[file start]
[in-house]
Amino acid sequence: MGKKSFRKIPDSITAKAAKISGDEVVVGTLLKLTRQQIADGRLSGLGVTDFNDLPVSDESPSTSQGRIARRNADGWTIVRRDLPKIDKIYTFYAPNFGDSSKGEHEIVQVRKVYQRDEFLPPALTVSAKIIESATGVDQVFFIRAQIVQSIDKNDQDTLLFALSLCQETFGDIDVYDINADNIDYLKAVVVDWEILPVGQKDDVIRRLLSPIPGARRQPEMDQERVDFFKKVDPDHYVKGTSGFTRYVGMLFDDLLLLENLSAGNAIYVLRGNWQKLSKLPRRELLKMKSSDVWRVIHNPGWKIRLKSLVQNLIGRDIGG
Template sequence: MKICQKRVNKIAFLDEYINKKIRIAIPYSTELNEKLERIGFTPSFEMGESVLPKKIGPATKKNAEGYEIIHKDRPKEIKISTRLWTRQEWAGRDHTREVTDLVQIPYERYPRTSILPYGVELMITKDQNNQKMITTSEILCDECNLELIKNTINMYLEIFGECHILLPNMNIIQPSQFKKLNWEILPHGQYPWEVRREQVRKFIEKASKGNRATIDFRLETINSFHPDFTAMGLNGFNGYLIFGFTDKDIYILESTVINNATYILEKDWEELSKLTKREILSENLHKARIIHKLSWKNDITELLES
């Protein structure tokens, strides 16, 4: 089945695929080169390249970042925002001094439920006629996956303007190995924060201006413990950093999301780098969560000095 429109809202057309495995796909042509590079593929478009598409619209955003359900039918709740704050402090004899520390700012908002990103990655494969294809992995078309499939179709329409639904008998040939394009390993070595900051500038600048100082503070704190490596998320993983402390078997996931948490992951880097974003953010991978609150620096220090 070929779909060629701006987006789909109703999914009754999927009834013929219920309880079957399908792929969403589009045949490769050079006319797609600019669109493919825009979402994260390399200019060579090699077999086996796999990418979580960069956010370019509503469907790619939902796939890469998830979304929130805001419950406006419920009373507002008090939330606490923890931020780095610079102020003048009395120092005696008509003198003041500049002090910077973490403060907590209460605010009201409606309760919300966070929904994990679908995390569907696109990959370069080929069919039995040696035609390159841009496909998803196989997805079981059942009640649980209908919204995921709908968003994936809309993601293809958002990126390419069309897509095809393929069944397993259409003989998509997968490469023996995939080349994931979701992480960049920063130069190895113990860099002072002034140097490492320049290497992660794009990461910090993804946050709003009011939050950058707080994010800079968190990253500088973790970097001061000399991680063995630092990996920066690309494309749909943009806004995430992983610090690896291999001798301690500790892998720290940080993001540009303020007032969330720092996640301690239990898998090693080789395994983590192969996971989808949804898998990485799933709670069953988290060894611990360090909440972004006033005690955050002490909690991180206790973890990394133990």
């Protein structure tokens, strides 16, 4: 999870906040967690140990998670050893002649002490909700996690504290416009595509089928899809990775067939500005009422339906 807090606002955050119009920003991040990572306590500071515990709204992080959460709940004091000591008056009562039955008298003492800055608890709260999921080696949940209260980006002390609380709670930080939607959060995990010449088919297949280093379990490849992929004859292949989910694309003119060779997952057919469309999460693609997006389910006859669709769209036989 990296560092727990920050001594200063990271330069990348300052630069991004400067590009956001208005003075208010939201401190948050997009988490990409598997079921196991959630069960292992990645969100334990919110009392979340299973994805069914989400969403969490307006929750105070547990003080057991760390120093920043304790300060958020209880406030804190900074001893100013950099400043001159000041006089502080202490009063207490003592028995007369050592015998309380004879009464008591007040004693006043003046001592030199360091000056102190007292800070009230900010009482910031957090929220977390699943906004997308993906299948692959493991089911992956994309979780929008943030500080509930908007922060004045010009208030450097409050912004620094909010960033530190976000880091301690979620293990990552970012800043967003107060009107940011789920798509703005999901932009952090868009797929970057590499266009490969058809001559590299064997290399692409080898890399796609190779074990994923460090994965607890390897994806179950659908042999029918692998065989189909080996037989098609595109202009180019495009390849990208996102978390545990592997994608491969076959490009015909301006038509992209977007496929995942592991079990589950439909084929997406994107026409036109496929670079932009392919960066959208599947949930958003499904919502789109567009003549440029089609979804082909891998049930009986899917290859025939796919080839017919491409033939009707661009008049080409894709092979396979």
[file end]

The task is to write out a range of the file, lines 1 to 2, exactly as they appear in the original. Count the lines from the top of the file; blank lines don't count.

[in-house]
Amino acid sequence: MGKKSFRKIPDSITAKAAKISGDEVVVGTLLKLTRQQIADGRLSGLGVTDFNDLPVSDESPSTSQGRIARRNADGWTIVRRDLPKIDKIYTFYAPNFGDSSKGEHEIVQVRKVYQRDEFLPPALTVSAKIIESATGVDQVFFIRAQIVQSIDKNDQDTLLFALSLCQETFGDIDVYDINADNIDYLKAVVVDWEILPVGQKDDVIRRLLSPIPGARRQPEMDQERVDFFKKVDPDHYVKGTSGFTRYVGMLFDDLLLLENLSAGNAIYVLRGNWQKLSKLPRRELLKMKSSDVWRVIHNPGWKIRLKSLVQNLIGRDIGG